The World Health Organisation (WHO) says that 40 per cent or about 14 million people globally are not aware that they are HIV positive.
This is contained in a new WHO progress report released ahead of the 2016 World AIDS Day on Dec. 1.
The report said that lack of an HIV diagnosis is a major obstacle to implementing the organisation’s recommendation that everyone with HIV should be offered Antiretroviral Therapy (ART).
It said that more than 18 million people with HIV were currently taking ART and a similar number were still unable to access treatment.
According to it, the majority of these people are unaware of their HIV positive status.
To address this, the world’s health body has released new guidelines on HIV self-testing to improve access to and uptake of HIV diagnosis.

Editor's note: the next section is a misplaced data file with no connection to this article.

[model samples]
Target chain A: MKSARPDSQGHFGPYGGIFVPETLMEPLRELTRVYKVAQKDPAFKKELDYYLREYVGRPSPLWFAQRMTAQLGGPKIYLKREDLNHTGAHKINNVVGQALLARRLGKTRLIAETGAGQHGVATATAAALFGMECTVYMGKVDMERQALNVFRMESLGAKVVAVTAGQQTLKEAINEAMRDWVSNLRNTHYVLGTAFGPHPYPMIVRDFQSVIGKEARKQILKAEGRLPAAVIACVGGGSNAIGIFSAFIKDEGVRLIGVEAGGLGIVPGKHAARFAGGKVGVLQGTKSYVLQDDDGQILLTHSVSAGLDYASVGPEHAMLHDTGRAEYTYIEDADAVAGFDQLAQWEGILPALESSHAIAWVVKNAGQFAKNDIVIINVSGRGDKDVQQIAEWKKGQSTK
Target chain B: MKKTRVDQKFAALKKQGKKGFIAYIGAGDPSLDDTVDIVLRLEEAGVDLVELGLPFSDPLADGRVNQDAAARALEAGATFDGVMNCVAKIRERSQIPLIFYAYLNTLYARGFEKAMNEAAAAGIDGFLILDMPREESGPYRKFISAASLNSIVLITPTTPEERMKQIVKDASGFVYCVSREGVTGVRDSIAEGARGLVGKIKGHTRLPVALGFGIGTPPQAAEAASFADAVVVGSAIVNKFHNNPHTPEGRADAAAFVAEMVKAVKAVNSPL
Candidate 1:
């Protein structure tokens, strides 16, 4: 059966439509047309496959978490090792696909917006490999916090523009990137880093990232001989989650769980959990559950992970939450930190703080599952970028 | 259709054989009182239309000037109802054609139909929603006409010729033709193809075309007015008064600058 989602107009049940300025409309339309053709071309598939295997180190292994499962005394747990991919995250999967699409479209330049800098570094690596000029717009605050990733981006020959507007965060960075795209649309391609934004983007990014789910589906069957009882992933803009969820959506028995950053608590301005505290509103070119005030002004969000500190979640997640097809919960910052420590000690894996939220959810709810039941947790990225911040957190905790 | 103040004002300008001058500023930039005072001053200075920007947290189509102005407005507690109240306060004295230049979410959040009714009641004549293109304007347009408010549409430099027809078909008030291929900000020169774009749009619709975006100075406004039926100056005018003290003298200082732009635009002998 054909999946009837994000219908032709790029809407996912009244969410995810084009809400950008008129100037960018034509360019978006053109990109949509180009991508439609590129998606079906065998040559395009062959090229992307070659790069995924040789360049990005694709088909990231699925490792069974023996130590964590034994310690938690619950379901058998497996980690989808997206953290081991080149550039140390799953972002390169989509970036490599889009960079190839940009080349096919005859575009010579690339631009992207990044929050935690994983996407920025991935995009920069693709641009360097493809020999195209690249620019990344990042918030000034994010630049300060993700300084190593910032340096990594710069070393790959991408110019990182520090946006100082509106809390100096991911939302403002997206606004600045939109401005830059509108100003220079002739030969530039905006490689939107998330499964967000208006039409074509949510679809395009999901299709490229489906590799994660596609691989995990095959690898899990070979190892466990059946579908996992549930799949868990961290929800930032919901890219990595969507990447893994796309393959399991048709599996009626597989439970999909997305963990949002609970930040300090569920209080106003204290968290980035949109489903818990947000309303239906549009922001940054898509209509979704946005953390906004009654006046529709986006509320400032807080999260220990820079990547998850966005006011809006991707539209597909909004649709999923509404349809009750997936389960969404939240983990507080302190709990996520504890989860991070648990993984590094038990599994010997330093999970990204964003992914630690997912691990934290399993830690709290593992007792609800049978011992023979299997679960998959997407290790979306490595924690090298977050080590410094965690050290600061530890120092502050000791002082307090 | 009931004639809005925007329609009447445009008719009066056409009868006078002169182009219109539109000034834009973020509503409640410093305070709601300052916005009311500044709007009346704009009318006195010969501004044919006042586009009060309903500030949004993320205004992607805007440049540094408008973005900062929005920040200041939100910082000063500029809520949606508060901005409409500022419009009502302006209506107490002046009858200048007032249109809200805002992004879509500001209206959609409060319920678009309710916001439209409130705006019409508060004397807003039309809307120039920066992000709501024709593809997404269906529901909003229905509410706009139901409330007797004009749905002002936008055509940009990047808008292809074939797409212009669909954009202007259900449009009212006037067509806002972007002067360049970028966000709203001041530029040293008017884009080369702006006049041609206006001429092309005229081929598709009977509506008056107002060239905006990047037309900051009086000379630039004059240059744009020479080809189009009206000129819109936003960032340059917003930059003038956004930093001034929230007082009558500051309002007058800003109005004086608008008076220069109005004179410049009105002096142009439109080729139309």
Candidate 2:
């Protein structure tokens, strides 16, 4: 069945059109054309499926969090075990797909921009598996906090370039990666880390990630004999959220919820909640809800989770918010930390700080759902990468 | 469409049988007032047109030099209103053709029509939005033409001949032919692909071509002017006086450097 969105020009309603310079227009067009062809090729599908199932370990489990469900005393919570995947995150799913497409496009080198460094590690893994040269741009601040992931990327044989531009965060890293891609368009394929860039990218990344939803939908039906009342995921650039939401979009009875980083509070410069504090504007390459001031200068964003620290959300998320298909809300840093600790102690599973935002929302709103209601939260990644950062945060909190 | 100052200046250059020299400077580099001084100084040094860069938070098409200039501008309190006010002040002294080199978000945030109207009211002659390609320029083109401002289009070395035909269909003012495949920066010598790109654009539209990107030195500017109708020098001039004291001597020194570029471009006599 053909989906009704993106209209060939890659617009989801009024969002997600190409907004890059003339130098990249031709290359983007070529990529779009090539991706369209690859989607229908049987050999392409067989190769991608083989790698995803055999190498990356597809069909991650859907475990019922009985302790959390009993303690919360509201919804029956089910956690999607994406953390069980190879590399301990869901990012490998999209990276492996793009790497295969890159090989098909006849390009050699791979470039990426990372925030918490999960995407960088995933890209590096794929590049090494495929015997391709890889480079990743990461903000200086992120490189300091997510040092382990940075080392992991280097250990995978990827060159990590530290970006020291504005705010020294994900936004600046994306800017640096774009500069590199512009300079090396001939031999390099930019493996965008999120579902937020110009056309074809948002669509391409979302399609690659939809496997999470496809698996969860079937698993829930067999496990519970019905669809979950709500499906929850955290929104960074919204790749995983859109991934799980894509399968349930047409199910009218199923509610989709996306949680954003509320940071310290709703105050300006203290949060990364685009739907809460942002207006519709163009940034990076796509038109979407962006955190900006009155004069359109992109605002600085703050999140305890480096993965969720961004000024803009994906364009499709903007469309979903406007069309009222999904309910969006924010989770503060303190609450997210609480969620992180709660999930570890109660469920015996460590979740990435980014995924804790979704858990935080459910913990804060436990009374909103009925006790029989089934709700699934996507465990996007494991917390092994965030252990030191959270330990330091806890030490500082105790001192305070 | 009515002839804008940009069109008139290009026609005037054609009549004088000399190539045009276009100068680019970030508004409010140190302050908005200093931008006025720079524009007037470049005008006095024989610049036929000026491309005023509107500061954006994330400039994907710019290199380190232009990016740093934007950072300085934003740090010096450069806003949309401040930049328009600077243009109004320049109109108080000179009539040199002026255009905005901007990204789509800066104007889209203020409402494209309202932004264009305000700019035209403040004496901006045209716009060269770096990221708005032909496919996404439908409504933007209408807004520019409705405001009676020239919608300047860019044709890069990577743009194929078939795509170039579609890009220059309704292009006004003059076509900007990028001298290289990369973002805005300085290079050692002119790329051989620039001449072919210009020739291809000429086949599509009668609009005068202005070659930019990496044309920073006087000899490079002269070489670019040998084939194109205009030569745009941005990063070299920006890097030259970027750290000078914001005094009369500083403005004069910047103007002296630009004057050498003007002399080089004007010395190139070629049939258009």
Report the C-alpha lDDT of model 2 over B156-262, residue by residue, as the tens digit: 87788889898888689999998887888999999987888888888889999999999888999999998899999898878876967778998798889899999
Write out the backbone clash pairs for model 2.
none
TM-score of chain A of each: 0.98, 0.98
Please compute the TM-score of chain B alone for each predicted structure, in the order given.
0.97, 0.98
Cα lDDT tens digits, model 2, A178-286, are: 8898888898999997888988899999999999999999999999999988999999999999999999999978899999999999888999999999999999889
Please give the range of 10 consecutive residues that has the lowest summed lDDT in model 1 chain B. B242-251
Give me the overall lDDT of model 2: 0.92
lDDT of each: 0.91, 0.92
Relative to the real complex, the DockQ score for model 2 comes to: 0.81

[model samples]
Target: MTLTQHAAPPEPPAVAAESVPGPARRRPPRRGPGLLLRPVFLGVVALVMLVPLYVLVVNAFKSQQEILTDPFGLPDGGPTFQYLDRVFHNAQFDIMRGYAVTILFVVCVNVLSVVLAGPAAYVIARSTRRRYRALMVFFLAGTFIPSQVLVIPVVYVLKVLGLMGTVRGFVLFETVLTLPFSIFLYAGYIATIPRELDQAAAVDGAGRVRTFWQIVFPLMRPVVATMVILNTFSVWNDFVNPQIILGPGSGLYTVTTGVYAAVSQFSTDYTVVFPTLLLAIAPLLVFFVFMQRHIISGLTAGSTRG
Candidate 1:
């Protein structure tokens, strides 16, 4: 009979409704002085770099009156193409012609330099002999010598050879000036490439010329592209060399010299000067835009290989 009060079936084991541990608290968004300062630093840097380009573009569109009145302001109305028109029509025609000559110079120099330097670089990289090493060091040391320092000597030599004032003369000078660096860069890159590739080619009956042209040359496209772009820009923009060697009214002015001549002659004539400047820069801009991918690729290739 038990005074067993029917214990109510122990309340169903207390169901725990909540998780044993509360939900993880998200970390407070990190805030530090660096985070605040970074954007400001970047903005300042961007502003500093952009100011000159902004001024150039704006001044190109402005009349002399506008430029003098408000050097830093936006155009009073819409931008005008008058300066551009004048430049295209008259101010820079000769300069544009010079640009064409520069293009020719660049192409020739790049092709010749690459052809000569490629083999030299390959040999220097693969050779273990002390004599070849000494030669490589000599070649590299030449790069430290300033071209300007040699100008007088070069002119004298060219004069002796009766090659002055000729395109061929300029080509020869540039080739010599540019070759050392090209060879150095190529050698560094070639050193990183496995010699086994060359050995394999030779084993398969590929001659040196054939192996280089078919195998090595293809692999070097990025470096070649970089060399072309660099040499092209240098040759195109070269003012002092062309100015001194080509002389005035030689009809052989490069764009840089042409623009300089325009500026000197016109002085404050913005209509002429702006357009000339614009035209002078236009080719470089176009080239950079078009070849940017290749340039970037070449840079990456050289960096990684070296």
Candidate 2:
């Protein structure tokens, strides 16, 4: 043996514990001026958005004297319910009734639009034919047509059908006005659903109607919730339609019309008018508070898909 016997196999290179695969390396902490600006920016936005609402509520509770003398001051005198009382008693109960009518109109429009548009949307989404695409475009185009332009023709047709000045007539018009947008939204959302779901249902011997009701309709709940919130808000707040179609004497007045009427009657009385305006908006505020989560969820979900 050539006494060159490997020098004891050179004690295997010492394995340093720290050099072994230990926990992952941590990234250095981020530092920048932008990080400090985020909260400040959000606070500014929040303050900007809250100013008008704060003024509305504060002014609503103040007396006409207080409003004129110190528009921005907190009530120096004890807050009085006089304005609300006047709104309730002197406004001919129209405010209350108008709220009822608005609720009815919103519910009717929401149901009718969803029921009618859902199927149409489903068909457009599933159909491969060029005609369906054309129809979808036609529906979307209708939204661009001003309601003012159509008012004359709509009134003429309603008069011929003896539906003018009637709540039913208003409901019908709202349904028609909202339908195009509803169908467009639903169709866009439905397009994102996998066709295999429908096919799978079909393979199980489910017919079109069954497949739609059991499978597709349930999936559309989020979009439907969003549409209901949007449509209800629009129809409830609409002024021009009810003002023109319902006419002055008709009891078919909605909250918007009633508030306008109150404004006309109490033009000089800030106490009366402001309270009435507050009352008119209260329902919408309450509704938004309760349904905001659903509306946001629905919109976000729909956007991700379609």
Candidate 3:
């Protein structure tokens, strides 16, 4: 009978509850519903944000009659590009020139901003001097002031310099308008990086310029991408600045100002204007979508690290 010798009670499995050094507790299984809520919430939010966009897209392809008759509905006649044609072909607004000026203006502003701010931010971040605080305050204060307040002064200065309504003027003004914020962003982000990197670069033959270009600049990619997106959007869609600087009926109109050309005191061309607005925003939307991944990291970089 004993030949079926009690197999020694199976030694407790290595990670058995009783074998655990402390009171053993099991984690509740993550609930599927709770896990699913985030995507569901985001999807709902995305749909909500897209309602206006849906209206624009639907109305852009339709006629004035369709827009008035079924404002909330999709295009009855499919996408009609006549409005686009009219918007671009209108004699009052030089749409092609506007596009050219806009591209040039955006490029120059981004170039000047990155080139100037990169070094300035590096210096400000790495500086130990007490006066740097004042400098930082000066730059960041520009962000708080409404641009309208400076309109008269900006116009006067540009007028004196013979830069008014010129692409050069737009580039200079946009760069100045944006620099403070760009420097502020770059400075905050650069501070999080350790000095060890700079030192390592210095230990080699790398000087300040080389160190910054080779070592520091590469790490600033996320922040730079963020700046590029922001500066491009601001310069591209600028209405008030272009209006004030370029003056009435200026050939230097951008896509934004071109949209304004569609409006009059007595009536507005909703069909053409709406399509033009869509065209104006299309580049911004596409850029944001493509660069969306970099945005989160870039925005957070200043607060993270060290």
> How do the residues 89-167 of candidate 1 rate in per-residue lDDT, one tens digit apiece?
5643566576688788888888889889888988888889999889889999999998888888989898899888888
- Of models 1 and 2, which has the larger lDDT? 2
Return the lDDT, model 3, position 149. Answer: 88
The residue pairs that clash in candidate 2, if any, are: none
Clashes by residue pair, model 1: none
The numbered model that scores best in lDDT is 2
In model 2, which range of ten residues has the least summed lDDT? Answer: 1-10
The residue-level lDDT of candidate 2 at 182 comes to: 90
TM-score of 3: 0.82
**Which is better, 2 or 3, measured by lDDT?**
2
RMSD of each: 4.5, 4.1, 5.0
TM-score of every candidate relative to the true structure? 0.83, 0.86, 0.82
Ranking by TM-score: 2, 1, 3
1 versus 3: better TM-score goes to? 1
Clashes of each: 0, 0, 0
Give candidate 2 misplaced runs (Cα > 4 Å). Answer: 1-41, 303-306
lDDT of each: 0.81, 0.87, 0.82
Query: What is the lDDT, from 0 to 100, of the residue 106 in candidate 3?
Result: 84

It said that: “HIV self-testing means people can use oral fluid or blood-finger-pricks to discover their status in a private and convenient setting.
“Results are ready within 20 minutes or less.
“Those with positive results are advised to seek confirmatory tests at health clinics.
“HIV self-testing is a way to reach more people with undiagnosed HIV and represents a step forward to empower individuals.
“It is also a way to diagnose people earlier before they become sick, bring services closer to where people live, and create demand for HIV testing.
“This is particularly important for those people facing barriers to accessing existing services.’’
Dr Margaret Chan, WHO Director-General, said: “Millions of people with HIV are still missing out on life-saving treatment, which can also prevent HIV transmission to others.
“HIV self-testing should open the door for many more people to know their HIV status and find out how to get treatment and access prevention services.
“WHO recommends they receive information and links to counselling as well as rapid referral to prevention, treatment and care services.’’